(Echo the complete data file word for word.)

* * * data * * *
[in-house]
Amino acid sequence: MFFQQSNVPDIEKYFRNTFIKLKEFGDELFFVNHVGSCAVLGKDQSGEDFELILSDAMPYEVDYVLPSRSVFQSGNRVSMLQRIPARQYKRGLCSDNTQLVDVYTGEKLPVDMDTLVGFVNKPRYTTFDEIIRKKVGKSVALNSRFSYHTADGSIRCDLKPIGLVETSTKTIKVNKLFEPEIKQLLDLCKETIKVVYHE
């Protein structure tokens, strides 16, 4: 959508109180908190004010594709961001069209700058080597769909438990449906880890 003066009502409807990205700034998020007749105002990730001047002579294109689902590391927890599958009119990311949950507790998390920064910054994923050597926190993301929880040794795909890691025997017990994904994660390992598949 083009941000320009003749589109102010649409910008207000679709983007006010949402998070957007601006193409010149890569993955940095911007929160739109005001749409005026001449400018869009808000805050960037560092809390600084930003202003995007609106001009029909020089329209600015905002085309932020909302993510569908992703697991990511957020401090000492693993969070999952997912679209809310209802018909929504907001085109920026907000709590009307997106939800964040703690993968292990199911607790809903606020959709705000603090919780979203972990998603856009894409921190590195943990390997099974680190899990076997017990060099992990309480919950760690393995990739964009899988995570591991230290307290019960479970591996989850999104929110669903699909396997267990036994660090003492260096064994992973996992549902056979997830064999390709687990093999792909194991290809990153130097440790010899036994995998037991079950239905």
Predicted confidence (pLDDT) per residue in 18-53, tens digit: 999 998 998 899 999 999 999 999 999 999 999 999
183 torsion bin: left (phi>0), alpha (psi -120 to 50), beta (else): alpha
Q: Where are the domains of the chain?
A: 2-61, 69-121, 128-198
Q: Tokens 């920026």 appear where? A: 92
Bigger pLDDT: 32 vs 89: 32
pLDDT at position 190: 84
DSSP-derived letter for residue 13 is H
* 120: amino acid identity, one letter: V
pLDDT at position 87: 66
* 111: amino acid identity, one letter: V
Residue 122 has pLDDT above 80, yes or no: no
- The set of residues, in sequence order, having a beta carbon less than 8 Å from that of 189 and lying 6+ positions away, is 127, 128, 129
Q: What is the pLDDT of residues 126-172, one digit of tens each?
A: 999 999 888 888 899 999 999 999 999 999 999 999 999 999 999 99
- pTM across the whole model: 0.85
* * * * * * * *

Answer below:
[in-house]
Amino acid sequence: MFFQQSNVPDIEKYFRNTFIKLKEFGDELFFVNHVGSCAVLGKDQSGEDFELILSDAMPYEVDYVLPSRSVFQSGNRVSMLQRIPARQYKRGLCSDNTQLVDVYTGEKLPVDMDTLVGFVNKPRYTTFDEIIRKKVGKSVALNSRFSYHTADGSIRCDLKPIGLVETSTKTIKVNKLFEPEIKQLLDLCKETIKVVYHE
């Protein structure tokens, strides 16, 4: 959508109180908190004010594709961001069209700058080597769909438990449906880890 003066009502409807990205700034998020007749105002990730001047002579294109689902590391927890599958009119990311949950507790998390920064910054994923050597926190993301929880040794795909890691025997017990994904994660390992598949 083009941000320009003749589109102010649409910008207000679709983007006010949402998070957007601006193409010149890569993955940095911007929160739109005001749409005026001449400018869009808000805050960037560092809390600084930003202003995007609106001009029909020089329209600015905002085309932020909302993510569908992703697991990511957020401090000492693993969070999952997912679209809310209802018909929504907001085109920026907000709590009307997106939800964040703690993968292990199911607790809903606020959709705000603090919780979203972990998603856009894409921190590195943990390997099974680190899990076997017990060099992990309480919950760690393995990739964009899988995570591991230290307290019960479970591996989850999104929110669903699909396997267990036994660090003492260096064994992973996992549902056979997830064999390709687990093999792909194991290809990153130097440790010899036994995998037991079950239905």
Predicted confidence (pLDDT) per residue in 18-53, tens digit: 999 998 998 899 999 999 999 999 999 999 999 999
183 torsion bin: left (phi>0), alpha (psi -120 to 50), beta (else): alpha
Q: Where are the domains of the chain?
A: 2-61, 69-121, 128-198
Q: Tokens 């920026």 appear where? A: 92
Bigger pLDDT: 32 vs 89: 32
pLDDT at position 190: 84
DSSP-derived letter for residue 13 is H
* 120: amino acid identity, one letter: V
pLDDT at position 87: 66
* 111: amino acid identity, one letter: V
Residue 122 has pLDDT above 80, yes or no: no
- The set of residues, in sequence order, having a beta carbon less than 8 Å from that of 189 and lying 6+ positions away, is 127, 128, 129
Q: What is the pLDDT of residues 126-172, one digit of tens each?
A: 999 999 888 888 899 999 999 999 999 999 999 999 999 999 999 99
- pTM across the whole model: 0.85